Facilitating early recovery of bowel motility after colorectal surgery: a systematic review
Article first published online: 20 JUN 2013
© 2013 John Wiley & Sons Ltd
Journal of Clinical Nursing
Volume 23, Issue 1-2, pages 24–44, January 2014
How to Cite
Wallström, Å. and Frisman, G. H. (2014), Facilitating early recovery of bowel motility after colorectal surgery: a systematic review. Journal of Clinical Nursing, 23: 24–44. doi: 10.1111/jocn.12258
- Issue published online: 9 DEC 2013
- Article first published online: 20 JUN 2013
- Manuscript Accepted: 4 JAN 2013
- colorectal surgery;
- enhanced recovery;
- gastrointestinal motility;
- multimodal treatment;
- postoperative care
Aims and objectives
To determine how restored gastrointestinal motility can be accelerated after colorectal surgery.
Regaining normal bowel functions after surgery is described as unexpectedly problematic. Postoperative ileus is expected after all surgery where the peritoneum is entered, and the length of surgery has little or no impact in terms of the duration of Postoperative ileus. There is some speculation about the best way to facilitate bowel motility after colorectal surgery.
A systematic review.
The computerised databases Medline, Scopus and CINAHL were searched to locate randomised, controlled trials by using the following keywords: colorectal surgery, postoperative ileus, recovery of function and gastrointestinal motility. The systematic search was limited to studies published between January 2002–January 2012. Reference lists were also searched manually.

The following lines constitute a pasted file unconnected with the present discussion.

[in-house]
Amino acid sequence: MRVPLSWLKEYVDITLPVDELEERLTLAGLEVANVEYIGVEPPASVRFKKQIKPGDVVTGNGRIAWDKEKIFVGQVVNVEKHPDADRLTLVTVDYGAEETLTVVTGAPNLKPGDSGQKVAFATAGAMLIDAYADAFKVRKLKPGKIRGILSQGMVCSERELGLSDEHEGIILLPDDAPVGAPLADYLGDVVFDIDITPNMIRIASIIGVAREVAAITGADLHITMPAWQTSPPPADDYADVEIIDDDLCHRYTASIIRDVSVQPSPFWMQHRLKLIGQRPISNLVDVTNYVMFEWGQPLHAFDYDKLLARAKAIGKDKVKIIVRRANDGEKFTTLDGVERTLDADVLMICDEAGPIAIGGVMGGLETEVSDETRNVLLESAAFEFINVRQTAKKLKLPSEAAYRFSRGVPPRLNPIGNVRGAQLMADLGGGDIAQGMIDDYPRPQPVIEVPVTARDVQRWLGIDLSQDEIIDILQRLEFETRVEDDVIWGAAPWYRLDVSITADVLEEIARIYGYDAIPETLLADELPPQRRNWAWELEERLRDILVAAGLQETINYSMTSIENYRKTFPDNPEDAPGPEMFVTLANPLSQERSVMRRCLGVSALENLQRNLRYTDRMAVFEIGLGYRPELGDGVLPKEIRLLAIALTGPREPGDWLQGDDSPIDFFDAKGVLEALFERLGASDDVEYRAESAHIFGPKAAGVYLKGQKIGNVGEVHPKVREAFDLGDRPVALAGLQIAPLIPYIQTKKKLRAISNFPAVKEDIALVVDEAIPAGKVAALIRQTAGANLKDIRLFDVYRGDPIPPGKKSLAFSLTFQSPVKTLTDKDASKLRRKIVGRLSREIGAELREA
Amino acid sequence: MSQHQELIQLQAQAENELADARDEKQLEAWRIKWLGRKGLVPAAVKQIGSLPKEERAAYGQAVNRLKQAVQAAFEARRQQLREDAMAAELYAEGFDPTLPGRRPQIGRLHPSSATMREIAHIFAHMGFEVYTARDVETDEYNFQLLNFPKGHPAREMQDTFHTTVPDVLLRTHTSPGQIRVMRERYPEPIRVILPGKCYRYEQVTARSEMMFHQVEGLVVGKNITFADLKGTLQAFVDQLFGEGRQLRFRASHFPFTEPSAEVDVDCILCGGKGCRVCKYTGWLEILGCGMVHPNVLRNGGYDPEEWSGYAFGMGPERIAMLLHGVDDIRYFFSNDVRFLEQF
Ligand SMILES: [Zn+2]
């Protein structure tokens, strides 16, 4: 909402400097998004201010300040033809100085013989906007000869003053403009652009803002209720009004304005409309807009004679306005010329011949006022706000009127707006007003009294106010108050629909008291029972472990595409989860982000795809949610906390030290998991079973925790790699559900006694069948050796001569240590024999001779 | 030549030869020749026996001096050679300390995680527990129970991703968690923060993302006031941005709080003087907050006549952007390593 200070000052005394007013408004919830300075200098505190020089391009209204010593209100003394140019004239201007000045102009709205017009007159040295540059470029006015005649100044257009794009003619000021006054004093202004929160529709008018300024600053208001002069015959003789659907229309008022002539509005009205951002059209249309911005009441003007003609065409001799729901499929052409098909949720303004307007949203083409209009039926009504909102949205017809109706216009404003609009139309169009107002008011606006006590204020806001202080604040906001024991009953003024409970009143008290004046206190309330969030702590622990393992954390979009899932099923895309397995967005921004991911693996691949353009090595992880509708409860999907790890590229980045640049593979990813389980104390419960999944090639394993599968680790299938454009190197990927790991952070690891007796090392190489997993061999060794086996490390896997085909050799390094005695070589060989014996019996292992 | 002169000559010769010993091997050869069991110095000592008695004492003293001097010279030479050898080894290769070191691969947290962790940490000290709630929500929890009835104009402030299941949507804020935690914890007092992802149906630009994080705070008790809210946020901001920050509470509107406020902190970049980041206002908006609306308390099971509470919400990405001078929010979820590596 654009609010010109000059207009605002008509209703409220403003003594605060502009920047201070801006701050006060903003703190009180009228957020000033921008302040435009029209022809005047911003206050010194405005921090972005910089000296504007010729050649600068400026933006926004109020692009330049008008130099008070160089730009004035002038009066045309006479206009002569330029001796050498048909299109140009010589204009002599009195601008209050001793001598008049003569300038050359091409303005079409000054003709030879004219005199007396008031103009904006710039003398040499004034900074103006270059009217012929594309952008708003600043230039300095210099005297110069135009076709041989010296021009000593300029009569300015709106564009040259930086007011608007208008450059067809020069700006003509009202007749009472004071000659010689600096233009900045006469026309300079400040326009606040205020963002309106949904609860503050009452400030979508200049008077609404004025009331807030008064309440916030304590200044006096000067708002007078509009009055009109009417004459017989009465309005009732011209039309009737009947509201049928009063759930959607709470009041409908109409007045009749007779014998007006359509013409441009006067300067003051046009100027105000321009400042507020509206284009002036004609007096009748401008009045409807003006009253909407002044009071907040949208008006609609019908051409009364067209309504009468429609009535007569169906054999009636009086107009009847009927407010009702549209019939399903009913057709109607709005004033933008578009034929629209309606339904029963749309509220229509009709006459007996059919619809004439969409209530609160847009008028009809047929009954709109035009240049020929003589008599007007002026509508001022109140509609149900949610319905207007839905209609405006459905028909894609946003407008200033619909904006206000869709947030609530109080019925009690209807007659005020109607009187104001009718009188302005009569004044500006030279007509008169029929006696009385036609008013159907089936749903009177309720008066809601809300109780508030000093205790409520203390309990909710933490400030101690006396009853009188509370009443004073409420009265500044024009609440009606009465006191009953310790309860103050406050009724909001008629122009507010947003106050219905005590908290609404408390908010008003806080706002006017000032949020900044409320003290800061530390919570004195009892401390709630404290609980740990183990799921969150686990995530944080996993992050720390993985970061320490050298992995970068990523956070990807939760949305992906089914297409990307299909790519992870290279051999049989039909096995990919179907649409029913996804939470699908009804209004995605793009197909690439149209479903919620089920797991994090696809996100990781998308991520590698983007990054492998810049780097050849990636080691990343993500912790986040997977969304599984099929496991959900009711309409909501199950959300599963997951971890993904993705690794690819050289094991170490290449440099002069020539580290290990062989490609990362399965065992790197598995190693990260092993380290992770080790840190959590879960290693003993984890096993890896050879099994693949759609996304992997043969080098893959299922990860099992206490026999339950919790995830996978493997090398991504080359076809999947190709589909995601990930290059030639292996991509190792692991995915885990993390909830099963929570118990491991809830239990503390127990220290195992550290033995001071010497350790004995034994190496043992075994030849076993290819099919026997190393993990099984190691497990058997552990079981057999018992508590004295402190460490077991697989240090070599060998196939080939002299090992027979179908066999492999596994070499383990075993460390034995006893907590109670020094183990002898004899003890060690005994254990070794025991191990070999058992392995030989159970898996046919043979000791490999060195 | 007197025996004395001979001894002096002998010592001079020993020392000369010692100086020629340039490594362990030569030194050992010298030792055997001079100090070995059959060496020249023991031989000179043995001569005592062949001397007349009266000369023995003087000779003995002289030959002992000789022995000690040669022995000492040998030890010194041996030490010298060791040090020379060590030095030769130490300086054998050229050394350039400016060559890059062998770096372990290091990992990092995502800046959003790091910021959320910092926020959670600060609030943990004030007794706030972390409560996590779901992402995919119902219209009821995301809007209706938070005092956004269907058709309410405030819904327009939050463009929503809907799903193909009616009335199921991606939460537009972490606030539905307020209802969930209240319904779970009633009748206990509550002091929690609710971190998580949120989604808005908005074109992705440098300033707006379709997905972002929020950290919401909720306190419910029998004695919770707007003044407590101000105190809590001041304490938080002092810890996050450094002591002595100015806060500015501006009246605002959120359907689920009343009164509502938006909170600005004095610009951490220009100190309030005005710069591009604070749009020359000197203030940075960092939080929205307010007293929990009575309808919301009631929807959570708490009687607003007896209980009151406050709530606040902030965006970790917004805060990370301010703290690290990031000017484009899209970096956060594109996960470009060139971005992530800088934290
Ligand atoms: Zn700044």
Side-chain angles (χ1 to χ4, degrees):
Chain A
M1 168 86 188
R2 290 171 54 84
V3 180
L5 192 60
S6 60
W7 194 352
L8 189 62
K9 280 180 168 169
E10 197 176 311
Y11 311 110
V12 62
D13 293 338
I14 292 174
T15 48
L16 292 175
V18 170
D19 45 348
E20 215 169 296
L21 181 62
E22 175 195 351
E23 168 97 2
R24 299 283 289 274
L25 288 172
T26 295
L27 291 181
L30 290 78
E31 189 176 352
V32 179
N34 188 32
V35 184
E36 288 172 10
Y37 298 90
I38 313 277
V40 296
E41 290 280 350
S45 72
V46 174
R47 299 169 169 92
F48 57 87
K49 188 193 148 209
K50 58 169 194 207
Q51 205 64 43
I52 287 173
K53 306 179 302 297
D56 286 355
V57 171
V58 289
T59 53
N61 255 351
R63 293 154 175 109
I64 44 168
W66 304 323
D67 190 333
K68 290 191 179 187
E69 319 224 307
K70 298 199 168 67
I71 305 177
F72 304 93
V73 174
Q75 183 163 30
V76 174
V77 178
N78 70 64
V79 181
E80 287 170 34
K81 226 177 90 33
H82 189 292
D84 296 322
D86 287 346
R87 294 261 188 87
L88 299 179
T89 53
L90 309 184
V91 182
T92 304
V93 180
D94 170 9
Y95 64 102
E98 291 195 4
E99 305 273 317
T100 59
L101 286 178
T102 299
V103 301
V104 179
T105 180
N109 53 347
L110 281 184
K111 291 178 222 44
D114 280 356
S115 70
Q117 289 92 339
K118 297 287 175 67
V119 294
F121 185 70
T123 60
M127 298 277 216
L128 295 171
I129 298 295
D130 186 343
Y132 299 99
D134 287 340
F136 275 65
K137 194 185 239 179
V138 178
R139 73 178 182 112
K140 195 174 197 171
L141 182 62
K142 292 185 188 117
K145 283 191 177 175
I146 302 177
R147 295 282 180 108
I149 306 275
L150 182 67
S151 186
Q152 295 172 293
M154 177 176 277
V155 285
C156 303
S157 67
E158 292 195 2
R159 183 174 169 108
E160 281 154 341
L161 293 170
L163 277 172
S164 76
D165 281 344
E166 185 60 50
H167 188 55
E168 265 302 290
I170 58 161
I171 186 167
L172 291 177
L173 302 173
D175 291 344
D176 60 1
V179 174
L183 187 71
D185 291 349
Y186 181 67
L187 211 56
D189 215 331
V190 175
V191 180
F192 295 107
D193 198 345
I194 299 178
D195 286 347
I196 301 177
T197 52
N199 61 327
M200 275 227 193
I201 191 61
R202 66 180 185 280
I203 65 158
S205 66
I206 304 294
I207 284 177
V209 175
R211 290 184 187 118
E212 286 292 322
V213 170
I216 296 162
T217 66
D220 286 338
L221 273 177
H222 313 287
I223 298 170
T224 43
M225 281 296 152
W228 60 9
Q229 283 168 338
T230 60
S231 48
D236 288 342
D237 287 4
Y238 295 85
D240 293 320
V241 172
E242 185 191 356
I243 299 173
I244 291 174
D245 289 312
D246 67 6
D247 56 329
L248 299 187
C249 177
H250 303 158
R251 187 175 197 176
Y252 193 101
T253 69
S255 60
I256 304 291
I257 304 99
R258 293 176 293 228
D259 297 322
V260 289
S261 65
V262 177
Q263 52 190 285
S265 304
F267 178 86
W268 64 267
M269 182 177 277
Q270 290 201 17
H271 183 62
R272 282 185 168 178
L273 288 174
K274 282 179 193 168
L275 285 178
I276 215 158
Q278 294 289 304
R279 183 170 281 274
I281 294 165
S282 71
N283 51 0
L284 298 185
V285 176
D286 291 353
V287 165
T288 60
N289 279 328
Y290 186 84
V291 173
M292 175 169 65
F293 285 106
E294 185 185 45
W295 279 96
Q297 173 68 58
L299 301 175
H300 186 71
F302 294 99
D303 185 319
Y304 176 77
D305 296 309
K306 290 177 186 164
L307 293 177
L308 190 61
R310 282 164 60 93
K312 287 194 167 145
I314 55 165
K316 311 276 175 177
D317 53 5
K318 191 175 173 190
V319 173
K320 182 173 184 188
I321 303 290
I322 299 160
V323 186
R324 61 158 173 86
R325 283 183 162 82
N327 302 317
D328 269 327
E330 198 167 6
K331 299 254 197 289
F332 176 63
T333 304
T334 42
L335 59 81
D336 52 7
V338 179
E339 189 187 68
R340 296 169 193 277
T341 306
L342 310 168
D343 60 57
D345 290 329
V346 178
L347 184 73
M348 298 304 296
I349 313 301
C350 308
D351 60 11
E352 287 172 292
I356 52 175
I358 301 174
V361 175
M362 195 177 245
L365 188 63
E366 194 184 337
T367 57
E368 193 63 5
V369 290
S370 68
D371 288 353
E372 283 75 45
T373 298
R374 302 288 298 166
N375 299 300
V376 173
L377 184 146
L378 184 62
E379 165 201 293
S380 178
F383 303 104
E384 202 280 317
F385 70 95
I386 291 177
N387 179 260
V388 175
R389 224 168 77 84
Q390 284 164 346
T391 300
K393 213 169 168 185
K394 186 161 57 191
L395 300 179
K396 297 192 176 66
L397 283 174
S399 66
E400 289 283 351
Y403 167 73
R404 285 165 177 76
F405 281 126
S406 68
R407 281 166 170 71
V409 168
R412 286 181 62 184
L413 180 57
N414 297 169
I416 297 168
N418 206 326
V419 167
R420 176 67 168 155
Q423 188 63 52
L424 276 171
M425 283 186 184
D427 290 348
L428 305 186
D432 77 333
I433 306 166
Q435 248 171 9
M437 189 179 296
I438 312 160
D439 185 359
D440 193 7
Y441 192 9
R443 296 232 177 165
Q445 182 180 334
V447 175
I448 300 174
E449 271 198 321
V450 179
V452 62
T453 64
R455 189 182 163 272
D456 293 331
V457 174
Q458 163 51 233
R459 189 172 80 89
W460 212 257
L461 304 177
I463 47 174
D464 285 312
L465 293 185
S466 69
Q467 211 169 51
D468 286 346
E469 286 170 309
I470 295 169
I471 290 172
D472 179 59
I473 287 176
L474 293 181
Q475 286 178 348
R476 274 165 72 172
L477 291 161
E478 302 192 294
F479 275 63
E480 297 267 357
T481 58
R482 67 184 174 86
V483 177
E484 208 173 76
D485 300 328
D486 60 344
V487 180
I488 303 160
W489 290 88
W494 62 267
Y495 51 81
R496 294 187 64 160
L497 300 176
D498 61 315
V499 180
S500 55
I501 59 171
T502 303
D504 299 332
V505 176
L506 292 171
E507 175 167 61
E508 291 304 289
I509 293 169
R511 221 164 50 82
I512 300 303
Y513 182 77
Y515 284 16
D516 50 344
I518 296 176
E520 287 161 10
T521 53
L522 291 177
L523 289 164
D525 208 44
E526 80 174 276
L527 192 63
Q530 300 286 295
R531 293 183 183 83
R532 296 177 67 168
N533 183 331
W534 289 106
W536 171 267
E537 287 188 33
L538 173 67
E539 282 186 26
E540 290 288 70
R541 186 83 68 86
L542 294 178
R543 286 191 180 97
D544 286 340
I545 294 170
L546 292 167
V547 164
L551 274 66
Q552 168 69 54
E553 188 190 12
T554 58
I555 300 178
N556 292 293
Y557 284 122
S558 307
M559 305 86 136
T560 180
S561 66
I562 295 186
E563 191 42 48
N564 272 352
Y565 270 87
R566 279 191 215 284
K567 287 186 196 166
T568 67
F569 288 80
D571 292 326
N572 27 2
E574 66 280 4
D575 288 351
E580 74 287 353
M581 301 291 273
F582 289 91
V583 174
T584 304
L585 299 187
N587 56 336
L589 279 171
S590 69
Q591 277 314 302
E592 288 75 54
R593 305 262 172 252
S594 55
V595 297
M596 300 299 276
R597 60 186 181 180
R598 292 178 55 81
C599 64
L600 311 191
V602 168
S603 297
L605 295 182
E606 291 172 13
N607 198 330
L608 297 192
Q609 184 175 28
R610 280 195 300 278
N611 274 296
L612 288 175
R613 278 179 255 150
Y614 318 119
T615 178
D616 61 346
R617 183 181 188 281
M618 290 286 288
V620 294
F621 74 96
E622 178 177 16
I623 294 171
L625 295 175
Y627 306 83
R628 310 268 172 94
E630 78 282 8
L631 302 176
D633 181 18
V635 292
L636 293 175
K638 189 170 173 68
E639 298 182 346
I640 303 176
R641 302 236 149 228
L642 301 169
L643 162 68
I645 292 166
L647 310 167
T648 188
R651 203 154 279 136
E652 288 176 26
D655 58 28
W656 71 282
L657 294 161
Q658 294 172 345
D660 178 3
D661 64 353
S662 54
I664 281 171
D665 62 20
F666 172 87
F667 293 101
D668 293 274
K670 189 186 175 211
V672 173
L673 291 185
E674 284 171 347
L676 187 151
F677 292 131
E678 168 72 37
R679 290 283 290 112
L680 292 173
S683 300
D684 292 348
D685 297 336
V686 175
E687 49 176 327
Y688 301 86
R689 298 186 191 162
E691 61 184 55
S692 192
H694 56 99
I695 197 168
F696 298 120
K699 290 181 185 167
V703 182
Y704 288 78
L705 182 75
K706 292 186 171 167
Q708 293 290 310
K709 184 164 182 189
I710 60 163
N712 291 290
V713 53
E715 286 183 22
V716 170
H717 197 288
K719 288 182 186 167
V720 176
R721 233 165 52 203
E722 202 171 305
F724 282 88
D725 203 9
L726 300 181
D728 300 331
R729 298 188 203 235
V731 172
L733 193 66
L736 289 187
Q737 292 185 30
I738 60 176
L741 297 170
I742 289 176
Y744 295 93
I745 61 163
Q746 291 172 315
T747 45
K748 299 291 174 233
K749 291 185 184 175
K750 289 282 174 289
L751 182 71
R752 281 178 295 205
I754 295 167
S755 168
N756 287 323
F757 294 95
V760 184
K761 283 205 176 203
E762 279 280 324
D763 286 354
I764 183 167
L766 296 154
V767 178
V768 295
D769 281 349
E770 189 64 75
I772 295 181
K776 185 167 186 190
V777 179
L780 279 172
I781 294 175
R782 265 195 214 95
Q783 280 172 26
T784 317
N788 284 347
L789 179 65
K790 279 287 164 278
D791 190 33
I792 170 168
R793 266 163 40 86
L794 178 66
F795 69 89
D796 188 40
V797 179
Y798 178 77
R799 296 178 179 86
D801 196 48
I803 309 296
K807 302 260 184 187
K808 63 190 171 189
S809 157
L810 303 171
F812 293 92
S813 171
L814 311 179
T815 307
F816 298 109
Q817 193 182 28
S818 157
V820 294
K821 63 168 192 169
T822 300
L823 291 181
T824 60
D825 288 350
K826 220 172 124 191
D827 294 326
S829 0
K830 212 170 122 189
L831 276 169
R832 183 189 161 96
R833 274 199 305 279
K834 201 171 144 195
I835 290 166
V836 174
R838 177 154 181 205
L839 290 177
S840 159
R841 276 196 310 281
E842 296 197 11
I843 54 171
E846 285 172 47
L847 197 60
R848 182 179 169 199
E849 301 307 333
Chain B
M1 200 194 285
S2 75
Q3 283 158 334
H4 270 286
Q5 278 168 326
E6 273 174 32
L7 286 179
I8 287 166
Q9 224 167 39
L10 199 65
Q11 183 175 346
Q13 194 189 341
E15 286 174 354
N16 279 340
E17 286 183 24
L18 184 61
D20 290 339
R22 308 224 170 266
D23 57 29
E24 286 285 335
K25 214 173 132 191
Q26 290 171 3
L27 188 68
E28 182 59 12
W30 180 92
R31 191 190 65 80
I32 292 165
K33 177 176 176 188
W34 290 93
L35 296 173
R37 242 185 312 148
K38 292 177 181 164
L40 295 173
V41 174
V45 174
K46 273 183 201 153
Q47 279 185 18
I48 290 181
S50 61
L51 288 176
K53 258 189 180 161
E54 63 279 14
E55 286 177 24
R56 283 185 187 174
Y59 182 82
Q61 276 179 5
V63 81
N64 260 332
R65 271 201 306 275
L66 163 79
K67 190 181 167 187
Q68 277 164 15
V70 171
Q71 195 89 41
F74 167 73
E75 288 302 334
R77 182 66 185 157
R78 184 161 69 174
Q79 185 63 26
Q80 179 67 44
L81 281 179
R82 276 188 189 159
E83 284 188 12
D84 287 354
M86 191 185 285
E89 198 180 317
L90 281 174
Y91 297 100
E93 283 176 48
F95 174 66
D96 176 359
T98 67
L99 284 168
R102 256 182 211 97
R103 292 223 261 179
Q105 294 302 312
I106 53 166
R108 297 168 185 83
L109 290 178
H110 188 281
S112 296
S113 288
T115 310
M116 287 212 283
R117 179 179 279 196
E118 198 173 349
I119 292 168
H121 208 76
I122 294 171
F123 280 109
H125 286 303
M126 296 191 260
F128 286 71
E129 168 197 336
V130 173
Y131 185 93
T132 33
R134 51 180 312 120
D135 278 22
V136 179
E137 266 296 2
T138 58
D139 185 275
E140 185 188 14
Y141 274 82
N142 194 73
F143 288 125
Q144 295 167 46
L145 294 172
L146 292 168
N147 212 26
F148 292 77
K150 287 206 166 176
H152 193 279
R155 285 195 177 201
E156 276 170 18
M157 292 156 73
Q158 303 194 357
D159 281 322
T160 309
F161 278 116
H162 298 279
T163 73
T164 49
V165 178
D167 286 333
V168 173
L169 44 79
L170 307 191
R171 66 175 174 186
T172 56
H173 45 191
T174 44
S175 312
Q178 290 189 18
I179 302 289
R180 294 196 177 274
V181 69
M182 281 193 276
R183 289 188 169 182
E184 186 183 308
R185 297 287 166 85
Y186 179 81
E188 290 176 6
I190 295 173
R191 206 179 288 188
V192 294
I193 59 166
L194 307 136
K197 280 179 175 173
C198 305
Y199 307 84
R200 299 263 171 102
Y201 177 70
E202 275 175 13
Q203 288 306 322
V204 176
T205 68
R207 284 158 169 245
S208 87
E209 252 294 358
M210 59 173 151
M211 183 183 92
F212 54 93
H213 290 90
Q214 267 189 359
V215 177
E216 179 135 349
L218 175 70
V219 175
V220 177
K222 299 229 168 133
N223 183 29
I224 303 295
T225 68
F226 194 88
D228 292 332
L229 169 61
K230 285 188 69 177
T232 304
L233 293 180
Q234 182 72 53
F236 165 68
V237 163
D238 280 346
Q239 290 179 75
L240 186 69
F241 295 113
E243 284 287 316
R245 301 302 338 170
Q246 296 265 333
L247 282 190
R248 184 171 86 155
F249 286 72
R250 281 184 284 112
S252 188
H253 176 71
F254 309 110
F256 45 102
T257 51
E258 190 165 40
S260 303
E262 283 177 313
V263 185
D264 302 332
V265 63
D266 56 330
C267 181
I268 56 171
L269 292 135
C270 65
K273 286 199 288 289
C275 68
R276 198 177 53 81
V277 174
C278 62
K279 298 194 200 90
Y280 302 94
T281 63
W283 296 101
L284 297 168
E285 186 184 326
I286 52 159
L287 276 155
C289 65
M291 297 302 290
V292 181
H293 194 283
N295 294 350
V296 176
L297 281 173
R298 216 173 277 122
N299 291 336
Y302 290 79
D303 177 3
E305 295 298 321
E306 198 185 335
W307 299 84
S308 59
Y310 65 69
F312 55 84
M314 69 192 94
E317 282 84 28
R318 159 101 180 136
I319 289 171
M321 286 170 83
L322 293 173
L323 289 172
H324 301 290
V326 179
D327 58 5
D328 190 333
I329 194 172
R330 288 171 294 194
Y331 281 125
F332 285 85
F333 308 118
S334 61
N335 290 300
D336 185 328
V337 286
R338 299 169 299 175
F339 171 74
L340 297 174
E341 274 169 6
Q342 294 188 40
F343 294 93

A total of 34 randomised, controlled trials were included in the review. Recovery of gastrointestinal motility was accelerated when one of the following forms of treatment was administered: probiotics, early feeding in combination with multimodal regimens, pentoxifylline, flurbiprofen, valdecoxib, ketorolac, clonidine, ropivacaine, lidocaine or spinal analgesia. Gum chewing, preoperative carbohydrate loading, bisacodyl and Doppler-guided fluid management have an uncertain effect on bowel motility. The use of nonpharmacological interventions, intrathecal morphine, restricted fluid therapy and choline citrate yielded no significant acceleration in bowel motility.
A multimodal treatment, where the use of morphine is restricted, seems to be the best way to accelerate the recovery of gastrointestinal bowel motility. However, more studies are required to optimise the multimodal protocol.
Relevance to clinical practice
The early return of bowel functions leads to quicker overall postoperative recovery, which may ease patient discomfort and decrease hospitalisation costs.